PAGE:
Bad crew - pah - try bad skippers & owners, I have more but this will do for starters!
I joined a boat in Trinidad and we set off to sail to Grenada
. As soon as we got the sails
up it was clear that the boat was unprepared as everything in the cabin
started flying around including the cat's litter tray.
The trip took 24 hours longer than planned because our skipper
was unaware of the current
that we clearly marked on the chart. On the same trip the ship's cat was seasick on my bed
. And the skipper insisted that the monitor wind vane
didn't need to be adjusted for the wind-angle, we just needed to engage it and it would steer us in a straight line - of course this didn't work so we hand-steered the whole trip too.
We arrived at about 0100 on Boxing day (should have been Christmas
day!) and anchored outside St George's harbour. The next morning we made ready to enter the harbour at which point the skipper revealed that the gear
selector mechanism didn't work. I jury rigged a push rod/pull cord and he took us in to pick up a buoy, whilst shouting 'forward, reverse' to me controlling the gears from the cabin sole
. It soon became apparent that he couldn't do it, so I sent him forwards 'to catch the buoy' and then did it myself at the stern whilst steering
and rushing below to control the gears.
Once I had rebuilt the gear
linkage and my other faithful crew-member had secured everything and we had bought some proper charts
, we set off for Carriacou, after a week or so there we headed north for Union Island. During that trip while I was at the helm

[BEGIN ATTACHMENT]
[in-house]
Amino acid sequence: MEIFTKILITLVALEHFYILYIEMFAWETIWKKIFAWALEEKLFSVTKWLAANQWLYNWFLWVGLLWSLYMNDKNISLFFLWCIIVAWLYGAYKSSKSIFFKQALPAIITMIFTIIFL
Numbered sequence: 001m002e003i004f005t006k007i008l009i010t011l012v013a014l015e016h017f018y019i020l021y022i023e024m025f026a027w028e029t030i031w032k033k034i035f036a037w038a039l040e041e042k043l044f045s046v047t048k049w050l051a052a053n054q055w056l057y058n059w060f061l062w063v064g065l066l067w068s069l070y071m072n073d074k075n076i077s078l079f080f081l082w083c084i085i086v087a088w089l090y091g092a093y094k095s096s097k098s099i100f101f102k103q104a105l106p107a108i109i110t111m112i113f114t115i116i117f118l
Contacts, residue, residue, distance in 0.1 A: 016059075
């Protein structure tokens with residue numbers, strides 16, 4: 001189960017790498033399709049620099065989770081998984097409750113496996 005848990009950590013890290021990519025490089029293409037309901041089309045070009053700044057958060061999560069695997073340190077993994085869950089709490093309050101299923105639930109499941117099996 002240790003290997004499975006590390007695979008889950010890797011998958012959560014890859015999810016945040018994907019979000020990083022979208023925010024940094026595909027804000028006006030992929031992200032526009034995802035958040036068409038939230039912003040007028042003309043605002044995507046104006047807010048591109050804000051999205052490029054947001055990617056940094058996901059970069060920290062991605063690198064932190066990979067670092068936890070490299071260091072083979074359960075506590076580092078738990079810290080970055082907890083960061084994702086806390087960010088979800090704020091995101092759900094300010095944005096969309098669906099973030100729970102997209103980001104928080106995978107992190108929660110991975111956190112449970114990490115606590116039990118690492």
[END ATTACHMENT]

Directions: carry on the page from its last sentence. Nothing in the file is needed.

we got caught in a squall, the skipper/owner insisted on helping the other crew to reef the main, only to get knocked almost overboard
(he was the only one not wearing harness and lifejacket). Shortly after reefing the yankee in the same squall, the furling
line snapped and I had to rush forward, jury rig it with some spare line and furl the sail.
dropped right off and we were in danger
of not making the harbour by nightfall so we started to motor
. I noticed it was getting pretty warm in the cabin
and had a look at the engine
temp-gauge in the cockpit
- it was off the scale. When I pointed that out to the skipper he said 'oh yeah it always does that', just then the other crew came up from below and said the cabin was filling with smoke. Thankfully the heat-activated powder extinguisher in the engine
bay had done its job - we left it for a bit and then opened up the cabin sole
while I stood ready with another extinguisher, but the fire was out. We then limped into Union Island harbour (none of us had ever been there before), in the dark, under sail and dropped the anchor
between two reefs
and sat there all night while the wind
howled and tried to blow us onto a lee shore.
I stuck around for a bit while I pulled his engine apart (and stopped him from topping the sump up with water) to find that the header-tank had corroded through into the exhaust
manifold. I put him in touch with the chandlers on Union island, and got the hell out of there. 2 years later I read that he was lost overboard
his own boat while alone on watch in the middle of the night somewhere near Niue
, it was only discovered when his crew woke up the next morning to relieve him.